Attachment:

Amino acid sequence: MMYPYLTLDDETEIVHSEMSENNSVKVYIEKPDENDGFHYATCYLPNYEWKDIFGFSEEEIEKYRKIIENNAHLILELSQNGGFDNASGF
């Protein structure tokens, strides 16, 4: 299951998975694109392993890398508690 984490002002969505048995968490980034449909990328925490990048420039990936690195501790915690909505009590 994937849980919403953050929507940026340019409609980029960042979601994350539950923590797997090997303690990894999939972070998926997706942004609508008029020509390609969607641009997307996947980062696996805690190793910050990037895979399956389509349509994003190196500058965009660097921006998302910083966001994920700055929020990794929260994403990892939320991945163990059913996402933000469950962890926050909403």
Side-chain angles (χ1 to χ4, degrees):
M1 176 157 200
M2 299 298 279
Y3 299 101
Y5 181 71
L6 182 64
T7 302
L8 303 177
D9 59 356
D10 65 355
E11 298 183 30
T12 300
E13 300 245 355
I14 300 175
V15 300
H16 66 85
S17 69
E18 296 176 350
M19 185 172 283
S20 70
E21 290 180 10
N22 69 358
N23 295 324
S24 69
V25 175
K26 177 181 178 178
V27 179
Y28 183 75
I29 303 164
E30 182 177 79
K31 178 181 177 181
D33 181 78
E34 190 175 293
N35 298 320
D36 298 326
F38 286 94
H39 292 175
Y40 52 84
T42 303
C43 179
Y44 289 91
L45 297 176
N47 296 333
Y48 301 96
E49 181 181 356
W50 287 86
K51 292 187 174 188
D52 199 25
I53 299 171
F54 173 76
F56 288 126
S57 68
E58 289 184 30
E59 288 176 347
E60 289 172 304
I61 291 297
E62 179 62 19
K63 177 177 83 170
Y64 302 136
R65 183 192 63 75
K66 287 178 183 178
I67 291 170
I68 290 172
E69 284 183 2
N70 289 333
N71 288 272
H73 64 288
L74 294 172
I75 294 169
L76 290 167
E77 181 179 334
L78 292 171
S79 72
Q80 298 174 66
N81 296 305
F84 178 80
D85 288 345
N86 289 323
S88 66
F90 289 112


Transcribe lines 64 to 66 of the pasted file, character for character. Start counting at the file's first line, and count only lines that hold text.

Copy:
I67 291 170
I68 290 172
E69 284 183 2